Thursday, February 28, 2008

Building a Better Battle : Halo 3 AI

This presentation was given by Damian Isla from Bungie Studios.  It presents the basic architecture and tools used to build the AI system in Halo 3.  This lecture specifically detailed the encounter logic.

Encounters are the "dance".  Basically how the system reacts and collapses in interesting ways.  The "dance" is the illusion of strategic intelligence.  Designers choreograph the "dance" to be interesting and drive the pacing of the story, kinda like a football coach directs his subjects.

Halo 3 uses a 2 stage fallback.  Enemies start off occupying a territory.  The aggressor (player) then pushes them back to fallback point.  After this they are pushed to the last stand location, after which the player will "break" them and finish the battle.  "Spice" is added on top of this by designers to make the encounter play out in a more realistic fashion.

Mission Designers handle the encounter tasks with the AI Engineers handling the squad (how the AI behaves autonomously).

Halo 2 used the Imperative Method to control AI (Finite State Machine).  The designers were given access to dictate what happen as various events were triggered (ie. enemy starts losing battle).  The primary problem with this model was the need for explicit transitions (n^2 complexity).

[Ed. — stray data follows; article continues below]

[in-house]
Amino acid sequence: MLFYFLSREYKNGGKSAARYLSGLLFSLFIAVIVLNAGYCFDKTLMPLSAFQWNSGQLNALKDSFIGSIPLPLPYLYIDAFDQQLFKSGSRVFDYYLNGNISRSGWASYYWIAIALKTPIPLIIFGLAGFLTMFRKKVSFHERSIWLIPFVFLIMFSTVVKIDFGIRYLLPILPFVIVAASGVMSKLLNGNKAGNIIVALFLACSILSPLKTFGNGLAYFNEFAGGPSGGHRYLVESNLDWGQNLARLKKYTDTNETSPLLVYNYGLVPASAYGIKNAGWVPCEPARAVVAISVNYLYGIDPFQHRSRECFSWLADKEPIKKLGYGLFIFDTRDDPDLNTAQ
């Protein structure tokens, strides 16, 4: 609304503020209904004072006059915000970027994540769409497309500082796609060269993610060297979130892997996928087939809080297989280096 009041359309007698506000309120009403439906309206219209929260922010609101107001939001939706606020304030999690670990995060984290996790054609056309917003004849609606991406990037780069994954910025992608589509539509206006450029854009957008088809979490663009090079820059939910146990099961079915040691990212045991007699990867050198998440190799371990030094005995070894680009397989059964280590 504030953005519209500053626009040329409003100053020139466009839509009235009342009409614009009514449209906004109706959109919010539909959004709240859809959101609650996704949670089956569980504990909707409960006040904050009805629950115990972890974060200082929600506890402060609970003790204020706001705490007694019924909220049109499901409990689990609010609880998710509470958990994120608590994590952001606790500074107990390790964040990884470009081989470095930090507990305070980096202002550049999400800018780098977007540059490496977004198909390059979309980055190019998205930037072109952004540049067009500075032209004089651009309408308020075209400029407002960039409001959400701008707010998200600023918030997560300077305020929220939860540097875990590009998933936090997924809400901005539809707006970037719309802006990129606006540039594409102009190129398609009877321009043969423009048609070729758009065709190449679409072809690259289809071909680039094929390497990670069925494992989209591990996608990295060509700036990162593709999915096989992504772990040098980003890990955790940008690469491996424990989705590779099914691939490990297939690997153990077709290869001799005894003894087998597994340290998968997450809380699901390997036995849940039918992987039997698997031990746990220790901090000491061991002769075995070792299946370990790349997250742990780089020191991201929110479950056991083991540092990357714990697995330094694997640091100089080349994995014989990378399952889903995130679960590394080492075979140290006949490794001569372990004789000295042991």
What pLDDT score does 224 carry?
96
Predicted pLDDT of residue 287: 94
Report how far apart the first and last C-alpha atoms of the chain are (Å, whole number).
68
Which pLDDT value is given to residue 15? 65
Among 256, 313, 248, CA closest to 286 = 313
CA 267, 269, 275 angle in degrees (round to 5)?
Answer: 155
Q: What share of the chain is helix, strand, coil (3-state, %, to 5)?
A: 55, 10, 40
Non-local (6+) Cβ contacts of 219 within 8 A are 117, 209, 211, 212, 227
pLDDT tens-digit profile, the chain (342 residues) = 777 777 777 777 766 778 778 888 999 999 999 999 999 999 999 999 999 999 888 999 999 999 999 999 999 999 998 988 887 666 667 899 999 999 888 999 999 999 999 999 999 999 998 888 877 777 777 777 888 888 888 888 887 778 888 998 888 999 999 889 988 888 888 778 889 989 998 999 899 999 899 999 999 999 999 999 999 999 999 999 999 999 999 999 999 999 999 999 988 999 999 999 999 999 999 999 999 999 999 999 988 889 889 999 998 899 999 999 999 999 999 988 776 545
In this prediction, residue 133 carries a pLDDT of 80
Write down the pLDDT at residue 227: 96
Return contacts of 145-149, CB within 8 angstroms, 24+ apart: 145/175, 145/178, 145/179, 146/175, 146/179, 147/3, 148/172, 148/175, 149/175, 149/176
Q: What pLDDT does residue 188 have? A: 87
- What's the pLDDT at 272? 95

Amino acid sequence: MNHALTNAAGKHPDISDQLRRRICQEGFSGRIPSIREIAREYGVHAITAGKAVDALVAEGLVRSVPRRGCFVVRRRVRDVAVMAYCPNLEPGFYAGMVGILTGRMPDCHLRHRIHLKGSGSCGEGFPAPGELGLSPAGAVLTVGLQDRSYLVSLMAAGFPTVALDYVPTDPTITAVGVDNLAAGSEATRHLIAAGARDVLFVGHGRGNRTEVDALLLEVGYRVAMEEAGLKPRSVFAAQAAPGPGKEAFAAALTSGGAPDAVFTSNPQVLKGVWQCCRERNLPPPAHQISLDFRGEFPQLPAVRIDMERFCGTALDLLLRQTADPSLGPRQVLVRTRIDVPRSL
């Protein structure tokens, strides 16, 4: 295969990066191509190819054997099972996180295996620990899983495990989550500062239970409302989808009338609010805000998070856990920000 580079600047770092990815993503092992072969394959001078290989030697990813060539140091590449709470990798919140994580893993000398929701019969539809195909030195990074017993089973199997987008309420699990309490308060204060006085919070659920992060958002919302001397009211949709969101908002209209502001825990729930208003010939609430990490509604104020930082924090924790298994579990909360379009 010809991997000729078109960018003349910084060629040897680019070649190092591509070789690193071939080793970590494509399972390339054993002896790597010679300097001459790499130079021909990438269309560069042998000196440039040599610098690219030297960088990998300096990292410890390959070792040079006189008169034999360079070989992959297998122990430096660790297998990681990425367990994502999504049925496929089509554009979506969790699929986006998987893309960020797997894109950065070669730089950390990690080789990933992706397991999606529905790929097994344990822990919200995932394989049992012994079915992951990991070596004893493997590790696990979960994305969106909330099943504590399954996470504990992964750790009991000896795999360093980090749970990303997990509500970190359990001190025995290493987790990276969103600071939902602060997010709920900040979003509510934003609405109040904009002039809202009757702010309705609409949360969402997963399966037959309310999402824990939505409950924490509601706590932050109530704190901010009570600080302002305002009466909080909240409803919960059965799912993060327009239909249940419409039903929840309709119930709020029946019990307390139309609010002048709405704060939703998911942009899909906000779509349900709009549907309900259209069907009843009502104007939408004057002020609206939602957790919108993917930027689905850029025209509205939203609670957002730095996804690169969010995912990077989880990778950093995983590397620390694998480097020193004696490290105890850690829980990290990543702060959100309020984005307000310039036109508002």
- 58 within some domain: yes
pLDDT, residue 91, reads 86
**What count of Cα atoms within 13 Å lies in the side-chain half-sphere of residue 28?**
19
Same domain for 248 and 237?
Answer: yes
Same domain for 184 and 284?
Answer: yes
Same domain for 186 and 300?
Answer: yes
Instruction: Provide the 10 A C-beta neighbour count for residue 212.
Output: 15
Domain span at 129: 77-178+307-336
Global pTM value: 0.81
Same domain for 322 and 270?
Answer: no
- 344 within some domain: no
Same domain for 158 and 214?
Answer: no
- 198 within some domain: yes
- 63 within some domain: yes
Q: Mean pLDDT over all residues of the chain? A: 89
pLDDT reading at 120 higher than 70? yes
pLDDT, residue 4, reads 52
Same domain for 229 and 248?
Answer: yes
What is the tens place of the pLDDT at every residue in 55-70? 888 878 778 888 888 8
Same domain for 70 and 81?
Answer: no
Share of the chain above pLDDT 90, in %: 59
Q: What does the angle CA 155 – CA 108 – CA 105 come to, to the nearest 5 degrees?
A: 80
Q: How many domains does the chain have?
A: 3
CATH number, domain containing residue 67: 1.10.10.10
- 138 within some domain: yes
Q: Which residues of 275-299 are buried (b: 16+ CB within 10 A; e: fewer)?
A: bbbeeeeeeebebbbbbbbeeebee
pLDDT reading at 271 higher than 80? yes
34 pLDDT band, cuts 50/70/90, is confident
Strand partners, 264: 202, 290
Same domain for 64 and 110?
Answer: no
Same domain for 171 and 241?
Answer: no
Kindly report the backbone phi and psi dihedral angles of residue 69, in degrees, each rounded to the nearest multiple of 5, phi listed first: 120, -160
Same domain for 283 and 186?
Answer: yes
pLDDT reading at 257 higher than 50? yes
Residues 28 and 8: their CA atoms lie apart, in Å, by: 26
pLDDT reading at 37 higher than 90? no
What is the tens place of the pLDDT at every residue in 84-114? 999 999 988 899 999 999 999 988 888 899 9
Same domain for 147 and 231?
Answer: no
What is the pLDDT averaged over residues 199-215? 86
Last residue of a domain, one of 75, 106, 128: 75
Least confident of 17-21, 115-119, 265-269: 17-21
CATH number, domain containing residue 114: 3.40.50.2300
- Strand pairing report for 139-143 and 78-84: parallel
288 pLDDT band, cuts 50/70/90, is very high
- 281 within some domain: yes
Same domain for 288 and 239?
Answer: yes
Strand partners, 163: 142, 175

Halo 3 took a different approach, using the Declarative Method.  This basically works by defining the end result you are looking for (with reference to AI).  You enumerate the "tasks" that are available and let the system make the decision on how to perform these tasks.

One of cool things about using the declarative method is the ability to set relative priorities.  Example would be guard the door but if you can't do this, then hallway.  Also, it brings the notion of hierarchal tasks (sub-tasks).  Example would be guarding the hallway means guarding both ends and middle.

Funny comment that Halo 3 AI works like a Plinko machine.  This means pour tasks into the system, prioritize them, and then pour enemies in and let the system place them and control their behavior.  This also means it's an upside down Plinko machine ;)  This is because tasks can be activated/deactivated at will and cause the enemies performing them to re-evaluate the situation and "do something else".

The system uses a proprietary scripting language named HaloScript.  This allows designers, who are not programmers, to design and use the system.

No comments: